Week End is a 100-minute-long acid trip that makes Deliverance look like a boy scout nature walk on a Sunday afternoon. Jean-Luc Godard definitely left his mark on this 1967 film that can easily be argued as his most notorious work. The film begins with the married couple discussing a very intense sexual encounter that involves the wife, another couple, eggs, milk, oral sex, oral-to-anal sex, anal sex, and mutual masturbation. Along with being an extremely crude conversation, the scoring of the scene also makes it stand out in the minds of the audience. The volume of the music that plays beneath the scene raises as she describes the more taboo things she did that night. This effect is very effective for one main reason: it forces the audience to listen harder, and as they listen harder they are forced to hear the more hardcore actions of that evening.
Followed by this scene is one of the longest tracking shots that has ever been filmed. This shot shows the couple attempting to drive around an extremely long traffic jam that is filled with boats, broken down cars, blown up cars, dead bodies, monkeys, lions, kids on a field trip, and a family picnic. After murdering the mother of the bride, the couples ultimately ends up captured by a group of cannibals that murder the husband and happily feed his remains to his wife. As crazy as the film seems, Godard does a number of different things with all the chaos he creates on film.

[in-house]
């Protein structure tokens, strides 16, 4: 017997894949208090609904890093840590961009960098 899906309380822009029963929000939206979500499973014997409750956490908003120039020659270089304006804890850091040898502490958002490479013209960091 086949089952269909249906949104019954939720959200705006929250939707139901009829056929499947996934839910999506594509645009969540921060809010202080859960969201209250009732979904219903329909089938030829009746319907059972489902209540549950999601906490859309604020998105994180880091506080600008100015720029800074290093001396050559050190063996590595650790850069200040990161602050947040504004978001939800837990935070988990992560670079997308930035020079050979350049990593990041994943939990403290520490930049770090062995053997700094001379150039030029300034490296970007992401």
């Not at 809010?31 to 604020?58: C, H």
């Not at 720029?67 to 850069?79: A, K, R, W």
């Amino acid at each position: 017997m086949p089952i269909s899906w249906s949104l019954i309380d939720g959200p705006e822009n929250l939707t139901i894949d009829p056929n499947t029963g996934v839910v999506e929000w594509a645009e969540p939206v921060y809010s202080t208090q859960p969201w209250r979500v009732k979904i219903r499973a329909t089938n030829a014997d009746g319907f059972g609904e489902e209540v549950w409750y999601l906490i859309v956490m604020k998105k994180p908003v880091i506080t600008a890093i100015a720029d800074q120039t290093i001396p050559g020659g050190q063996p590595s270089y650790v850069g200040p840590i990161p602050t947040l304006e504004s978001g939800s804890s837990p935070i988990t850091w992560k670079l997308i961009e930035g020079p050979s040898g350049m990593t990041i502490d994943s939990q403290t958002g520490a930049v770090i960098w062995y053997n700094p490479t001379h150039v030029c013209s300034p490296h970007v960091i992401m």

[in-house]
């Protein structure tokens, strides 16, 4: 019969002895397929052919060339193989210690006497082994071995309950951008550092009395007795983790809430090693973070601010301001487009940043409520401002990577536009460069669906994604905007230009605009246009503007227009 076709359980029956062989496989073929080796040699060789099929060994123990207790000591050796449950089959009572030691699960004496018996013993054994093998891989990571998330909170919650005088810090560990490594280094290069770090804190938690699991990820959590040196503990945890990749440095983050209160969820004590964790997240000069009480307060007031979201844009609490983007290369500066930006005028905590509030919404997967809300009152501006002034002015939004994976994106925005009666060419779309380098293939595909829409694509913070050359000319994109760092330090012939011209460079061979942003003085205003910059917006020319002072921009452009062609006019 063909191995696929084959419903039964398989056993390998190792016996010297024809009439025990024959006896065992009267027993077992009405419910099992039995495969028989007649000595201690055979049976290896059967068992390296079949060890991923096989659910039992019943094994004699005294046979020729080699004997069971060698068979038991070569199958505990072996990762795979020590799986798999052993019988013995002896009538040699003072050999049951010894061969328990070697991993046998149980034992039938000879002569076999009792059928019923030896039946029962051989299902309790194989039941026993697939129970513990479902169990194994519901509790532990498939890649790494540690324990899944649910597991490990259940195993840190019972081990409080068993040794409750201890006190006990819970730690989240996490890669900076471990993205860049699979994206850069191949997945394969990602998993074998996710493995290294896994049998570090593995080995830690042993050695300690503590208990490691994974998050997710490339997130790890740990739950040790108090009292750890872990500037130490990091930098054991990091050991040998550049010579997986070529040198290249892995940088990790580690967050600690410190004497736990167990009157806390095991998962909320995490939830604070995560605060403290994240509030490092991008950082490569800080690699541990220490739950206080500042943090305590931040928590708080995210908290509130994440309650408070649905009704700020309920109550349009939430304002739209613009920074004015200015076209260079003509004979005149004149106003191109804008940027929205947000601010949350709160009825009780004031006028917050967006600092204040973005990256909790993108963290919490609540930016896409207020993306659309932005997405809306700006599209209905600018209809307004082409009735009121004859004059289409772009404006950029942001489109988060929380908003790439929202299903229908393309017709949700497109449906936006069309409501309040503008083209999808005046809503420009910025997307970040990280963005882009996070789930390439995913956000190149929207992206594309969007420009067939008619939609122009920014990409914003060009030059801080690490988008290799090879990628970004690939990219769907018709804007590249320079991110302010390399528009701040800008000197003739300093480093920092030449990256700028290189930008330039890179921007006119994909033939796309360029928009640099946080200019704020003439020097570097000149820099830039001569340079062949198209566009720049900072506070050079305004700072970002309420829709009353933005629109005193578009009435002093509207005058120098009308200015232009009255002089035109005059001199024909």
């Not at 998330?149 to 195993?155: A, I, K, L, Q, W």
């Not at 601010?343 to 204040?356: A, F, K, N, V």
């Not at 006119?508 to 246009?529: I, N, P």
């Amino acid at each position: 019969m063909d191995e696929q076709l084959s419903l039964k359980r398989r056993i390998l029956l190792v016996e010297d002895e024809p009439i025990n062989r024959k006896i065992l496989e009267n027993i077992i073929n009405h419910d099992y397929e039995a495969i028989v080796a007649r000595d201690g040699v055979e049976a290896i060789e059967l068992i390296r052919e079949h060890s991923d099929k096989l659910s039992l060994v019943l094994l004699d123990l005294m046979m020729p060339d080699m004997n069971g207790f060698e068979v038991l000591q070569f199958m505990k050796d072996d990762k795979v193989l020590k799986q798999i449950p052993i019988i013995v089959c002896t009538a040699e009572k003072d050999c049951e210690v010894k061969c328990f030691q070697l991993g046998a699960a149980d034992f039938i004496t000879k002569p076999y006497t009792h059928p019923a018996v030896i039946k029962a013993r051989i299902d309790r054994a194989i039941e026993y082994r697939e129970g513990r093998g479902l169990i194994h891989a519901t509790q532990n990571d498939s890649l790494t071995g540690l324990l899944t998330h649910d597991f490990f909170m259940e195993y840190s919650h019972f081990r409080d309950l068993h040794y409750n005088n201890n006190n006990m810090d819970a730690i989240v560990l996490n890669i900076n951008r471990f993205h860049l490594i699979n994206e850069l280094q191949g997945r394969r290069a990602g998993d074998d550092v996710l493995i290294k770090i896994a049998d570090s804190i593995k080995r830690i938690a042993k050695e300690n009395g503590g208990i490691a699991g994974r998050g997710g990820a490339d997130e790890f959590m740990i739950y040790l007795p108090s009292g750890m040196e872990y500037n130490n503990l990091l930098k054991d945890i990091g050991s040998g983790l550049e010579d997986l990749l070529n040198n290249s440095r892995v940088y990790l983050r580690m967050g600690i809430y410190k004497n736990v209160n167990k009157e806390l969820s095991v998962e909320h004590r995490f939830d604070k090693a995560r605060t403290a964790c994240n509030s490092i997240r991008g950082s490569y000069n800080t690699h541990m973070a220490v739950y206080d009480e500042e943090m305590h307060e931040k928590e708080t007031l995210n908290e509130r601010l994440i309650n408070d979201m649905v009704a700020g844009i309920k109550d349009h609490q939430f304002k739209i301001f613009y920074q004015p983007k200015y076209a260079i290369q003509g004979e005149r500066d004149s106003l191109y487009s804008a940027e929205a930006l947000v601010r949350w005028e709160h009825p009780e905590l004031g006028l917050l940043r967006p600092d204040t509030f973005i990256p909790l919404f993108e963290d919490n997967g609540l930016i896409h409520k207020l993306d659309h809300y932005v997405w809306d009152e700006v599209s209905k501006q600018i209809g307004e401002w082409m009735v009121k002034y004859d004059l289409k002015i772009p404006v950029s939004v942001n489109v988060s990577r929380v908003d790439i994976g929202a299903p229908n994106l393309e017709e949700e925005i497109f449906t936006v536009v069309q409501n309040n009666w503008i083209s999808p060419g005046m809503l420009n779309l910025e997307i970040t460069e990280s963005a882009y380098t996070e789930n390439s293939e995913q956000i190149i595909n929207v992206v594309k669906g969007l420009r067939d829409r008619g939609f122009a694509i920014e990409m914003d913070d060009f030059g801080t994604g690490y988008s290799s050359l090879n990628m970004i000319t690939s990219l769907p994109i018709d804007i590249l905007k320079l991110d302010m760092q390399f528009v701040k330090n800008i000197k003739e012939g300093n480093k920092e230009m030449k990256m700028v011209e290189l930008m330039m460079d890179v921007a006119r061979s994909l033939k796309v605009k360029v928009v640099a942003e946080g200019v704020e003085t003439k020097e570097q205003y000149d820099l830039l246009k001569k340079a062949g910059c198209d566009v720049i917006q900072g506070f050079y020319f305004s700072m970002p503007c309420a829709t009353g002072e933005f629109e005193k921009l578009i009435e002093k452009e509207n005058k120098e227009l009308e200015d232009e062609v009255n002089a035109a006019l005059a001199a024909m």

Throughout the film, the couple encounters many extremely odd people that range from a killer magician to a jester poet. However, he uses these characters to raise awareness to many different societal issues that were going on at the time. Or possibly he just wanted to shed light on his own anarchic thoughts. Regardless, he manages to gain peoples attention with all of these different societal problems. Each of these unique characters bring up issues of anti-corporations, race relations, class issues, literature and history. On the surface Week End almost looks like an over-budgeted snuff film. However, Godard manages to bring up more societal issues within this film than any of his others we've seen.